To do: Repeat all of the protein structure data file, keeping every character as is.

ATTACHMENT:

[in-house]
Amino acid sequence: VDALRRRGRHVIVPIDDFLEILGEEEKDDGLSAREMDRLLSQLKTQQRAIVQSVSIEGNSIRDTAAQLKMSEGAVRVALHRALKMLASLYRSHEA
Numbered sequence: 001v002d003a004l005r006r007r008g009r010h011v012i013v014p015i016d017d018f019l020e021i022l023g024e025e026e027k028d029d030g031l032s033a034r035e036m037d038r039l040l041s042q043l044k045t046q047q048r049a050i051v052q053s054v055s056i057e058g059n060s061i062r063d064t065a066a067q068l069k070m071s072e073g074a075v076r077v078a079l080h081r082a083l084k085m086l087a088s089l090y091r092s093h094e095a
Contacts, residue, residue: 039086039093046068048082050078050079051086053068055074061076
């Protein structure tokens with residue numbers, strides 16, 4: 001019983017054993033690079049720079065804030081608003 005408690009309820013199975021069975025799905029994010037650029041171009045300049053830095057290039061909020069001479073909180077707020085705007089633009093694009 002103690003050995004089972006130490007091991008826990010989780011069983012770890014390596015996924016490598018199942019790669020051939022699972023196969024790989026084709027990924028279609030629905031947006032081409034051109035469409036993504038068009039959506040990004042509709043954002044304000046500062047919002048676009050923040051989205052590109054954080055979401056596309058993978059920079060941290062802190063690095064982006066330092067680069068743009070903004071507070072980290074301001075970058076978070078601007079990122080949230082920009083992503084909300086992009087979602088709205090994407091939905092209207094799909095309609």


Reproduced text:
[in-house]
Amino acid sequence: VDALRRRGRHVIVPIDDFLEILGEEEKDDGLSAREMDRLLSQLKTQQRAIVQSVSIEGNSIRDTAAQLKMSEGAVRVALHRALKMLASLYRSHEA
Numbered sequence: 001v002d003a004l005r006r007r008g009r010h011v012i013v014p015i016d017d018f019l020e021i022l023g024e025e026e027k028d029d030g031l032s033a034r035e036m037d038r039l040l041s042q043l044k045t046q047q048r049a050i051v052q053s054v055s056i057e058g059n060s061i062r063d064t065a066a067q068l069k070m071s072e073g074a075v076r077v078a079l080h081r082a083l084k085m086l087a088s089l090y091r092s093h094e095a
Contacts, residue, residue: 039086039093046068048082050078050079051086053068055074061076
């Protein structure tokens with residue numbers, strides 16, 4: 001019983017054993033690079049720079065804030081608003 005408690009309820013199975021069975025799905029994010037650029041171009045300049053830095057290039061909020069001479073909180077707020085705007089633009093694009 002103690003050995004089972006130490007091991008826990010989780011069983012770890014390596015996924016490598018199942019790669020051939022699972023196969024790989026084709027990924028279609030629905031947006032081409034051109035469409036993504038068009039959506040990004042509709043954002044304000046500062047919002048676009050923040051989205052590109054954080055979401056596309058993978059920079060941290062802190063690095064982006066330092067680069068743009070903004071507070072980290074301001075970058076978070078601007079990122080949230082920009083992503084909300086992009087979602088709205090994407091939905092209207094799909095309609």